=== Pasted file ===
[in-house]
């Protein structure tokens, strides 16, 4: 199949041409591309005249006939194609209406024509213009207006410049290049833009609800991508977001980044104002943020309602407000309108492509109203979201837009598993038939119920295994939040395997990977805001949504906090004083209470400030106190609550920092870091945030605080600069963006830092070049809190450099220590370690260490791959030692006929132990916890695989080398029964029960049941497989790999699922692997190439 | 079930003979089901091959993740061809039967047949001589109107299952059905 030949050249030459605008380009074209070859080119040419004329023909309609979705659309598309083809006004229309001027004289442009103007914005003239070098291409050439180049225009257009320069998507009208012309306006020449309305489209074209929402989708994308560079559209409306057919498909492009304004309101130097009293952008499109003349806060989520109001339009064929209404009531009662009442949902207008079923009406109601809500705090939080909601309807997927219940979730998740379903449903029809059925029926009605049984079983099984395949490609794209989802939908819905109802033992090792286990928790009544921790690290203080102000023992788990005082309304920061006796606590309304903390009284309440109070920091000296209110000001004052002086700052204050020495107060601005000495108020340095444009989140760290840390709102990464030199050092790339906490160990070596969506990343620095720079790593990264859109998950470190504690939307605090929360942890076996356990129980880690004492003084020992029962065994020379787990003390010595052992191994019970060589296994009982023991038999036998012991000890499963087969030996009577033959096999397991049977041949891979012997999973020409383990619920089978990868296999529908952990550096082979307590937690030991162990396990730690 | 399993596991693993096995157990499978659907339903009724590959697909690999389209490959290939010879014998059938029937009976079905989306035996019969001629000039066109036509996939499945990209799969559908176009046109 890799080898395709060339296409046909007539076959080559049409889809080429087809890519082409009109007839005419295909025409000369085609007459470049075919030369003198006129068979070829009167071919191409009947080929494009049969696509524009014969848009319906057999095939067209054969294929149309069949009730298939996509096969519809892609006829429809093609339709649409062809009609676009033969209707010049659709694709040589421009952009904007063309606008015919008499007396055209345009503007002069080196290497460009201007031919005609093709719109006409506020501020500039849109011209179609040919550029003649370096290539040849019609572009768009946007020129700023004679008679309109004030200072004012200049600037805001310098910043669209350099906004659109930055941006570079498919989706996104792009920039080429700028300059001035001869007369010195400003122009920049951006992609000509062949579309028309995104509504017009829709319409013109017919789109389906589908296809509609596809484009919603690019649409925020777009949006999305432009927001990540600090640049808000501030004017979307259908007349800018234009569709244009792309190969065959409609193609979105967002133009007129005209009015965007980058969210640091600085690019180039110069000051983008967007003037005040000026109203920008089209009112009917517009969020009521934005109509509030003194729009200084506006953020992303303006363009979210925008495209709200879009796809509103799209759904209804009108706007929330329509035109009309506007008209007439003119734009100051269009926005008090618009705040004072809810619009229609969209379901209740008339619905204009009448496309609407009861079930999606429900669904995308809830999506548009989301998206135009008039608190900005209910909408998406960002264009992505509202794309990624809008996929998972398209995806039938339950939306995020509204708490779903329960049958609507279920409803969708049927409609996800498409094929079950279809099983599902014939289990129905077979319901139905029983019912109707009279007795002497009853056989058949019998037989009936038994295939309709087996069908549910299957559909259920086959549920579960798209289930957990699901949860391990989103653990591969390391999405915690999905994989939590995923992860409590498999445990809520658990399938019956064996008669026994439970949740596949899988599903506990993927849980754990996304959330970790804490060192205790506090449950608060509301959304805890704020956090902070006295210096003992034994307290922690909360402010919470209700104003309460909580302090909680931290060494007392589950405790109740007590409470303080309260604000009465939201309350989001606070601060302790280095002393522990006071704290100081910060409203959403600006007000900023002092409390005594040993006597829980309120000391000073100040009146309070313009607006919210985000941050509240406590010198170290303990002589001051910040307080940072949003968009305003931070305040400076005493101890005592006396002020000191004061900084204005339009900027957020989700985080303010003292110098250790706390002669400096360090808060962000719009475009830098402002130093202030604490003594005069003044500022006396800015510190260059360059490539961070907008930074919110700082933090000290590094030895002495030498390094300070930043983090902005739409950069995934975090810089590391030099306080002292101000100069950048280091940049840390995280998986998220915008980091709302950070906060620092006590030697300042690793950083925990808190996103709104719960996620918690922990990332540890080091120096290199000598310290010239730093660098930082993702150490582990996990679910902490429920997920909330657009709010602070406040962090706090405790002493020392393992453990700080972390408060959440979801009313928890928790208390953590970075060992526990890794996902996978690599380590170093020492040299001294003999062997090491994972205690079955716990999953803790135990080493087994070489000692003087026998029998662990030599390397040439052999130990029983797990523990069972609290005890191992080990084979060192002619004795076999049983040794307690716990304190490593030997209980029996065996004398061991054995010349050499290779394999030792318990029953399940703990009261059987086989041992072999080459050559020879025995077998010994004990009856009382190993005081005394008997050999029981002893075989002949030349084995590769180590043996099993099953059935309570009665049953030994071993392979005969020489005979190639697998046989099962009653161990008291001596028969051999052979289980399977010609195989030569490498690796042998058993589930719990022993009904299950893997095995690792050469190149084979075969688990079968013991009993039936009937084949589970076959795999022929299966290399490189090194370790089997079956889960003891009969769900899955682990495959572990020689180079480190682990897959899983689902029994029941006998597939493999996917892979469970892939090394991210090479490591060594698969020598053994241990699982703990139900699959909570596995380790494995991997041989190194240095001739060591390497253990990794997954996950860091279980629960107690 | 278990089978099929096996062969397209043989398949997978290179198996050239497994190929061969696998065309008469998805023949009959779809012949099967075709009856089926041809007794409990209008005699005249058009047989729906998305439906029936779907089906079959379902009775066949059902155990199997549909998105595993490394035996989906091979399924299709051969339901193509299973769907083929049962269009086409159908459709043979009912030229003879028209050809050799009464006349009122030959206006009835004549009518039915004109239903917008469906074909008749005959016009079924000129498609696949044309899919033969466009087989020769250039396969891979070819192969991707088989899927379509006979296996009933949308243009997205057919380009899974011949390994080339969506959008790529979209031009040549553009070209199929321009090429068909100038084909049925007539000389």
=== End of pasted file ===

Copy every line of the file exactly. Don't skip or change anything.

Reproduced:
[in-house]
């Protein structure tokens, strides 16, 4: 199949041409591309005249006939194609209406024509213009207006410049290049833009609800991508977001980044104002943020309602407000309108492509109203979201837009598993038939119920295994939040395997990977805001949504906090004083209470400030106190609550920092870091945030605080600069963006830092070049809190450099220590370690260490791959030692006929132990916890695989080398029964029960049941497989790999699922692997190439 | 079930003979089901091959993740061809039967047949001589109107299952059905 030949050249030459605008380009074209070859080119040419004329023909309609979705659309598309083809006004229309001027004289442009103007914005003239070098291409050439180049225009257009320069998507009208012309306006020449309305489209074209929402989708994308560079559209409306057919498909492009304004309101130097009293952008499109003349806060989520109001339009064929209404009531009662009442949902207008079923009406109601809500705090939080909601309807997927219940979730998740379903449903029809059925029926009605049984079983099984395949490609794209989802939908819905109802033992090792286990928790009544921790690290203080102000023992788990005082309304920061006796606590309304903390009284309440109070920091000296209110000001004052002086700052204050020495107060601005000495108020340095444009989140760290840390709102990464030199050092790339906490160990070596969506990343620095720079790593990264859109998950470190504690939307605090929360942890076996356990129980880690004492003084020992029962065994020379787990003390010595052992191994019970060589296994009982023991038999036998012991000890499963087969030996009577033959096999397991049977041949891979012997999973020409383990619920089978990868296999529908952990550096082979307590937690030991162990396990730690 | 399993596991693993096995157990499978659907339903009724590959697909690999389209490959290939010879014998059938029937009976079905989306035996019969001629000039066109036509996939499945990209799969559908176009046109 890799080898395709060339296409046909007539076959080559049409889809080429087809890519082409009109007839005419295909025409000369085609007459470049075919030369003198006129068979070829009167071919191409009947080929494009049969696509524009014969848009319906057999095939067209054969294929149309069949009730298939996509096969519809892609006829429809093609339709649409062809009609676009033969209707010049659709694709040589421009952009904007063309606008015919008499007396055209345009503007002069080196290497460009201007031919005609093709719109006409506020501020500039849109011209179609040919550029003649370096290539040849019609572009768009946007020129700023004679008679309109004030200072004012200049600037805001310098910043669209350099906004659109930055941006570079498919989706996104792009920039080429700028300059001035001869007369010195400003122009920049951006992609000509062949579309028309995104509504017009829709319409013109017919789109389906589908296809509609596809484009919603690019649409925020777009949006999305432009927001990540600090640049808000501030004017979307259908007349800018234009569709244009792309190969065959409609193609979105967002133009007129005209009015965007980058969210640091600085690019180039110069000051983008967007003037005040000026109203920008089209009112009917517009969020009521934005109509509030003194729009200084506006953020992303303006363009979210925008495209709200879009796809509103799209759904209804009108706007929330329509035109009309506007008209007439003119734009100051269009926005008090618009705040004072809810619009229609969209379901209740008339619905204009009448496309609407009861079930999606429900669904995308809830999506548009989301998206135009008039608190900005209910909408998406960002264009992505509202794309990624809008996929998972398209995806039938339950939306995020509204708490779903329960049958609507279920409803969708049927409609996800498409094929079950279809099983599902014939289990129905077979319901139905029983019912109707009279007795002497009853056989058949019998037989009936038994295939309709087996069908549910299957559909259920086959549920579960798209289930957990699901949860391990989103653990591969390391999405915690999905994989939590995923992860409590498999445990809520658990399938019956064996008669026994439970949740596949899988599903506990993927849980754990996304959330970790804490060192205790506090449950608060509301959304805890704020956090902070006295210096003992034994307290922690909360402010919470209700104003309460909580302090909680931290060494007392589950405790109740007590409470303080309260604000009465939201309350989001606070601060302790280095002393522990006071704290100081910060409203959403600006007000900023002092409390005594040993006597829980309120000391000073100040009146309070313009607006919210985000941050509240406590010198170290303990002589001051910040307080940072949003968009305003931070305040400076005493101890005592006396002020000191004061900084204005339009900027957020989700985080303010003292110098250790706390002669400096360090808060962000719009475009830098402002130093202030604490003594005069003044500022006396800015510190260059360059490539961070907008930074919110700082933090000290590094030895002495030498390094300070930043983090902005739409950069995934975090810089590391030099306080002292101000100069950048280091940049840390995280998986998220915008980091709302950070906060620092006590030697300042690793950083925990808190996103709104719960996620918690922990990332540890080091120096290199000598310290010239730093660098930082993702150490582990996990679910902490429920997920909330657009709010602070406040962090706090405790002493020392393992453990700080972390408060959440979801009313928890928790208390953590970075060992526990890794996902996978690599380590170093020492040299001294003999062997090491994972205690079955716990999953803790135990080493087994070489000692003087026998029998662990030599390397040439052999130990029983797990523990069972609290005890191992080990084979060192002619004795076999049983040794307690716990304190490593030997209980029996065996004398061991054995010349050499290779394999030792318990029953399940703990009261059987086989041992072999080459050559020879025995077998010994004990009856009382190993005081005394008997050999029981002893075989002949030349084995590769180590043996099993099953059935309570009665049953030994071993392979005969020489005979190639697998046989099962009653161990008291001596028969051999052979289980399977010609195989030569490498690796042998058993589930719990022993009904299950893997095995690792050469190149084979075969688990079968013991009993039936009937084949589970076959795999022929299966290399490189090194370790089997079956889960003891009969769900899955682990495959572990020689180079480190682990897959899983689902029994029941006998597939493999996917892979469970892939090394991210090479490591060594698969020598053994241990699982703990139900699959909570596995380790494995991997041989190194240095001739060591390497253990990794997954996950860091279980629960107690 | 278990089978099929096996062969397209043989398949997978290179198996050239497994190929061969696998065309008469998805023949009959779809012949099967075709009856089926041809007794409990209008005699005249058009047989729906998305439906029936779907089906079959379902009775066949059902155990199997549909998105595993490394035996989906091979399924299709051969339901193509299973769907083929049962269009086409159908459709043979009912030229003879028209050809050799009464006349009122030959206006009835004549009518039915004109239903917008469906074909008749005959016009079924000129498609696949044309899919033969466009087989020769250039396969891979070819192969991707088989899927379509006979296996009933949308243009997205057919380009899974011949390994080339969506959008790529979209031009040549553009070209199929321009090429068909100038084909049925007539000389």